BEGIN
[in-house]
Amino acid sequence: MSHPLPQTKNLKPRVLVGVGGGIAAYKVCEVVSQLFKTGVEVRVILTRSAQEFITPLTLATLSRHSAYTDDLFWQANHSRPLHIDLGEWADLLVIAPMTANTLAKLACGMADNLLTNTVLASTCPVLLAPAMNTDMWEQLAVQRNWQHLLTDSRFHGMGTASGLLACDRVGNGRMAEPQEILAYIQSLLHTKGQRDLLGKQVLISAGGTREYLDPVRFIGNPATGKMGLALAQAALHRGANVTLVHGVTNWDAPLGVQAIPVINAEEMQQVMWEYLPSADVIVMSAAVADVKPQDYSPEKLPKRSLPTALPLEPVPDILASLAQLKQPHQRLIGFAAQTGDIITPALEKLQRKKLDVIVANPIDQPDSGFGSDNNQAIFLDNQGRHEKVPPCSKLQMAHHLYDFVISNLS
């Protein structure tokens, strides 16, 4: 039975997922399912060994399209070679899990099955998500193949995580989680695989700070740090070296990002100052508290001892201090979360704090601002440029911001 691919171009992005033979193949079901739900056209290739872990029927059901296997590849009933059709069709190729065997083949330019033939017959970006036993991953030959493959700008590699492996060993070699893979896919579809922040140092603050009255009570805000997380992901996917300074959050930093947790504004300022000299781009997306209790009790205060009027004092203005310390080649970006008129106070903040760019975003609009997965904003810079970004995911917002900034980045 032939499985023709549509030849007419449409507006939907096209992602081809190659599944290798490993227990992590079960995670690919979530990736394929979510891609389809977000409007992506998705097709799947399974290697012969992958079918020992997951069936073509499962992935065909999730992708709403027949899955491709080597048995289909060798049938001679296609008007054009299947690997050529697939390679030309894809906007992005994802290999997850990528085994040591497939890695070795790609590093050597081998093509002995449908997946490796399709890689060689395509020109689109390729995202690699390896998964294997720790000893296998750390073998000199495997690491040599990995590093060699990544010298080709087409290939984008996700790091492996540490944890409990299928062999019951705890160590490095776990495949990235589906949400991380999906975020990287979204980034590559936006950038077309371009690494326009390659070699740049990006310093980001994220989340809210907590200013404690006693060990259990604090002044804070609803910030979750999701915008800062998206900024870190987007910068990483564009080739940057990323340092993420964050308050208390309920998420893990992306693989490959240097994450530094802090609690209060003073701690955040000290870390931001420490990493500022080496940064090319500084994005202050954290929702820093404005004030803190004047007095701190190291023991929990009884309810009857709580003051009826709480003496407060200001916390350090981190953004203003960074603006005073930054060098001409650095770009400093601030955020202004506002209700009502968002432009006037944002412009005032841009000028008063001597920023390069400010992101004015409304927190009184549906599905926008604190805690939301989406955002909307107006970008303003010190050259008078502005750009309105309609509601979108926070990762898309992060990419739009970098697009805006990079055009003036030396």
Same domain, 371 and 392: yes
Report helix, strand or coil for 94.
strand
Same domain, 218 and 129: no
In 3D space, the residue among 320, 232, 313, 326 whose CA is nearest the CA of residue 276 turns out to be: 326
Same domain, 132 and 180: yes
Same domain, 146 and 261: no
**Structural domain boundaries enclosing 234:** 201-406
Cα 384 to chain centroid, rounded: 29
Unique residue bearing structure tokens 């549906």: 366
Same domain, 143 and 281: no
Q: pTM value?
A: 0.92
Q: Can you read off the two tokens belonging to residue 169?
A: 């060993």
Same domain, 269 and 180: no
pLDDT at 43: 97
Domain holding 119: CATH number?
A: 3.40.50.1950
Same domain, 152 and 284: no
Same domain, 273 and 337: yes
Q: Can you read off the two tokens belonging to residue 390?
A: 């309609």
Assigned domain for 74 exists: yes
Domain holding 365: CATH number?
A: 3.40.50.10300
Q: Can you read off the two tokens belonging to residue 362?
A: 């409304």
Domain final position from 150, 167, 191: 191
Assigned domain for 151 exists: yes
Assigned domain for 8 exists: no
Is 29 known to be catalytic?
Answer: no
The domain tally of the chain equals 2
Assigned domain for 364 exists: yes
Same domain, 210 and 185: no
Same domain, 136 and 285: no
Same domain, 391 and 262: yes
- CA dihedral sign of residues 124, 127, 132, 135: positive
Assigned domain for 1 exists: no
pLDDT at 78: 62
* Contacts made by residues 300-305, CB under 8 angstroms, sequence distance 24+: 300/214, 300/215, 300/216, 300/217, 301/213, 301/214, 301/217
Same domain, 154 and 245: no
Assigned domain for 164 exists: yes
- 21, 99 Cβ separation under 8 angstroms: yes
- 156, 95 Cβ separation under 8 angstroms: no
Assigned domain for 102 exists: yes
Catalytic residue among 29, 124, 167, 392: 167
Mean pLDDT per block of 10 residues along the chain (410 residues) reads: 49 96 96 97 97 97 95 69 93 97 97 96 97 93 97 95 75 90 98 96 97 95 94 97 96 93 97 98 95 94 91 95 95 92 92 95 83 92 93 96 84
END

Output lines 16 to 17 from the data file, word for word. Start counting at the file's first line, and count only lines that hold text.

A: 0.92
Q: Can you read off the two tokens belonging to residue 169?